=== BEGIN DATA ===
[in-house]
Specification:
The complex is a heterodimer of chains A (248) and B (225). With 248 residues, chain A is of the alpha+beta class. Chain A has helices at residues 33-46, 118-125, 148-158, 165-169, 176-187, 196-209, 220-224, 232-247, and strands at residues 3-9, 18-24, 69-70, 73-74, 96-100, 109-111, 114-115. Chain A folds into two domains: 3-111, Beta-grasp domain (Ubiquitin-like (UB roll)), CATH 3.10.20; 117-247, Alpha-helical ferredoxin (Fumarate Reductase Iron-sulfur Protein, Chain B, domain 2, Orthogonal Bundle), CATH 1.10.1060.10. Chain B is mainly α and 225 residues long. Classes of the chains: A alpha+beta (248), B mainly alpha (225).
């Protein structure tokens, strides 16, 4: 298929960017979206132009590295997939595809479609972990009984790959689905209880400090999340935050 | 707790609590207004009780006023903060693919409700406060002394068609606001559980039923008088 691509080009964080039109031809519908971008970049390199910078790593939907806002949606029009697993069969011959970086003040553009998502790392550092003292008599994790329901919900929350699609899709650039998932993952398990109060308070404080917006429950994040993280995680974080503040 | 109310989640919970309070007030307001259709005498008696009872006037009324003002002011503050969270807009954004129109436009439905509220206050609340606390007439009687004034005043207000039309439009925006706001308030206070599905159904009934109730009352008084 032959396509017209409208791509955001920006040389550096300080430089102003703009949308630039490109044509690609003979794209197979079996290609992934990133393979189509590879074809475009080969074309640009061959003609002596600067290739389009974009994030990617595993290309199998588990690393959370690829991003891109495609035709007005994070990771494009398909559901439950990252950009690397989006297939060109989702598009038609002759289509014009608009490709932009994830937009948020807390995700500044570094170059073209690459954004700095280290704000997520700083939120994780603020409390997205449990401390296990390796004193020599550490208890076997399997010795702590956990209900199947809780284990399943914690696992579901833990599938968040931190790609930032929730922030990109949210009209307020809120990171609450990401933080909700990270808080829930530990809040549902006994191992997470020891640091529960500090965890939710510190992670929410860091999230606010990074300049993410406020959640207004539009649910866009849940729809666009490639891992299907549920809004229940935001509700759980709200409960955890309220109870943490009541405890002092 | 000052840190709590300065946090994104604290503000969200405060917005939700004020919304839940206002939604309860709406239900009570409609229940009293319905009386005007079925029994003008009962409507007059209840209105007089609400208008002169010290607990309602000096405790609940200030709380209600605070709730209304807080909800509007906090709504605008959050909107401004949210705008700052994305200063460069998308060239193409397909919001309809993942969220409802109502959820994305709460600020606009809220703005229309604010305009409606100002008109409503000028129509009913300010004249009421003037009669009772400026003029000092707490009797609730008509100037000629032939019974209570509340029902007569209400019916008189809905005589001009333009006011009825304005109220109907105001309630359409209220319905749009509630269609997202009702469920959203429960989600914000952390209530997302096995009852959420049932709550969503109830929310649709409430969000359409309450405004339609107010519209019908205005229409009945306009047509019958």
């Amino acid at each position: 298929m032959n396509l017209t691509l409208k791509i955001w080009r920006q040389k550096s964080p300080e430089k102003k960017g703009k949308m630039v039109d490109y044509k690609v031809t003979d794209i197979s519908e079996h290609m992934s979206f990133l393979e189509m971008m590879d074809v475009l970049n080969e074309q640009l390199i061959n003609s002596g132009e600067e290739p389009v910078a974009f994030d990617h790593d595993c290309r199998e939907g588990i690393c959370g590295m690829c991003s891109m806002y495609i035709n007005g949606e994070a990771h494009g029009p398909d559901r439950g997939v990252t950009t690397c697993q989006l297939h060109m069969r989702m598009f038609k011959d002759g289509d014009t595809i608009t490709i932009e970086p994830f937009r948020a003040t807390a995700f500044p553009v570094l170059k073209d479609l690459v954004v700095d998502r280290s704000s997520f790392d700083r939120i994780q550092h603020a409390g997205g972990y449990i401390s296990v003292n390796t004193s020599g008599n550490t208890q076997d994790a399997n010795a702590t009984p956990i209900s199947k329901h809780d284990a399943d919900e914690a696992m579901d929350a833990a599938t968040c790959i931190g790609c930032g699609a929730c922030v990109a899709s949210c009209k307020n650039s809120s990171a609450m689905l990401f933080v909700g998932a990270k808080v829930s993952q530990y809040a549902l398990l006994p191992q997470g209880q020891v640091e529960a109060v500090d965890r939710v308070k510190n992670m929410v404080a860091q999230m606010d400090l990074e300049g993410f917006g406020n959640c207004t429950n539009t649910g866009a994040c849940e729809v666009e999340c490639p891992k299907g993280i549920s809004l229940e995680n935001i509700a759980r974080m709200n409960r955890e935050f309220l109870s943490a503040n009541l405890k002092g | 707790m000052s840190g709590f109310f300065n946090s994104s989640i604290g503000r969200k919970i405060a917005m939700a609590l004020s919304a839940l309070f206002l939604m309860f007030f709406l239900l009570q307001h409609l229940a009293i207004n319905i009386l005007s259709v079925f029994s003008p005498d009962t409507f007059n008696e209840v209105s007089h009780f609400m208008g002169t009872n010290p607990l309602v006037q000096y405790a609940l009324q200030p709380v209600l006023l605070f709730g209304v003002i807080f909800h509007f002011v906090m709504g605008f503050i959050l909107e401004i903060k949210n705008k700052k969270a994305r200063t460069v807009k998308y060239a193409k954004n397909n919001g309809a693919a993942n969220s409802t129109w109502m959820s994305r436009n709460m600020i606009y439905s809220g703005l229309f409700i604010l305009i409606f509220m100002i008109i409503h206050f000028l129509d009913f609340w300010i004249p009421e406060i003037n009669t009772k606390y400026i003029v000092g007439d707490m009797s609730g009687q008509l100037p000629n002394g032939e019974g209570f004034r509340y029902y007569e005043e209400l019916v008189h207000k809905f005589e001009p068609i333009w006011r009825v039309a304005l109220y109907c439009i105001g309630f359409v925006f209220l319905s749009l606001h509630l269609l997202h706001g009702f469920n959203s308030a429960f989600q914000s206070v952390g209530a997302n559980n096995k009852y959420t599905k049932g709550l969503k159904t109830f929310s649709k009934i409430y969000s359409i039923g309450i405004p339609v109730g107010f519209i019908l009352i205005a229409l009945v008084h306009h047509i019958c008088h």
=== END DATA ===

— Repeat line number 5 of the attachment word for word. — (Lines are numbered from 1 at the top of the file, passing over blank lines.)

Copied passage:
């Amino acid at each position: 298929m032959n396509l017209t691509l409208k791509i955001w080009r920006q040389k550096s964080p300080e430089k102003k960017g703009k949308m630039v039109d490109y044509k690609v031809t003979d794209i197979s519908e079996h290609m992934s979206f990133l393979e189509m971008m590879d074809v475009l970049n080969e074309q640009l390199i061959n003609s002596g132009e600067e290739p389009v910078a974009f994030d990617h790593d595993c290309r199998e939907g588990i690393c959370g590295m690829c991003s891109m806002y495609i035709n007005g949606e994070a990771h494009g029009p398909d559901r439950g997939v990252t950009t690397c697993q989006l297939h060109m069969r989702m598009f038609k011959d002759g289509d014009t595809i608009t490709i932009e970086p994830f937009r948020a003040t807390a995700f500044p553009v570094l170059k073209d479609l690459v954004v700095d998502r280290s704000s997520f790392d700083r939120i994780q550092h603020a409390g997205g972990y449990i401390s296990v003292n390796t004193s020599g008599n550490t208890q076997d994790a399997n010795a702590t009984p956990i209900s199947k329901h809780d284990a399943d919900e914690a696992m579901d929350a833990a599938t968040c790959i931190g790609c930032g699609a929730c922030v990109a899709s949210c009209k307020n650039s809120s990171a609450m689905l990401f933080v909700g998932a990270k808080v829930s993952q530990y809040a549902l398990l006994p191992q997470g209880q020891v640091e529960a109060v500090d965890r939710v308070k510190n992670m929410v404080a860091q999230m606010d400090l990074e300049g993410f917006g406020n959640c207004t429950n539009t649910g866009a994040c849940e729809v666009e999340c490639p891992k299907g993280i549920s809004l229940e995680n935001i509700a759980r974080m709200n409960r955890e935050f309220l109870s943490a503040n009541l405890k002092g | 707790m000052s840190g709590f109310f300065n946090s994104s989640i604290g503000r969200k919970i405060a917005m939700a609590l004020s919304a839940l309070f206002l939604m309860f007030f709406l239900l009570q307001h409609l229940a009293i207004n319905i009386l005007s259709v079925f029994s003008p005498d009962t409507f007059n008696e209840v209105s007089h009780f609400m208008g002169t009872n010290p607990l309602v006037q000096y405790a609940l009324q200030p709380v209600l006023l605070f709730g209304v003002i807080f909800h509007f002011v906090m709504g605008f503050i959050l909107e401004i903060k949210n705008k700052k969270a994305r200063t460069v807009k998308y060239a193409k954004n397909n919001g309809a693919a993942n969220s409802t129109w109502m959820s994305r436009n709460m600020i606009y439905s809220g703005l229309f409700i604010l305009i409606f509220m100002i008109i409503h206050f000028l129509d009913f609340w300010i004249p009421e406060i003037n009669t009772k606390y400026i003029v000092g007439d707490m009797s609730g009687q008509l100037p000629n002394g032939e019974g209570f004034r509340y029902y007569e005043e209400l019916v008189h207000k809905f005589e001009p068609i333009w006011r009825v039309a304005l109220y109907c439009i105001g309630f359409v925006f209220l319905s749009l606001h509630l269609l997202h706001g009702f469920n959203s308030a429960f989600q914000s206070v952390g209530a997302n559980n096995k009852y959420t599905k049932g709550l969503k159904t109830f929310s649709k009934i409430y969000s359409i039923g309450i405004p339609v109730g107010f519209i019908l009352i205005a229409l009945v008084h306009h047509i019958c008088h």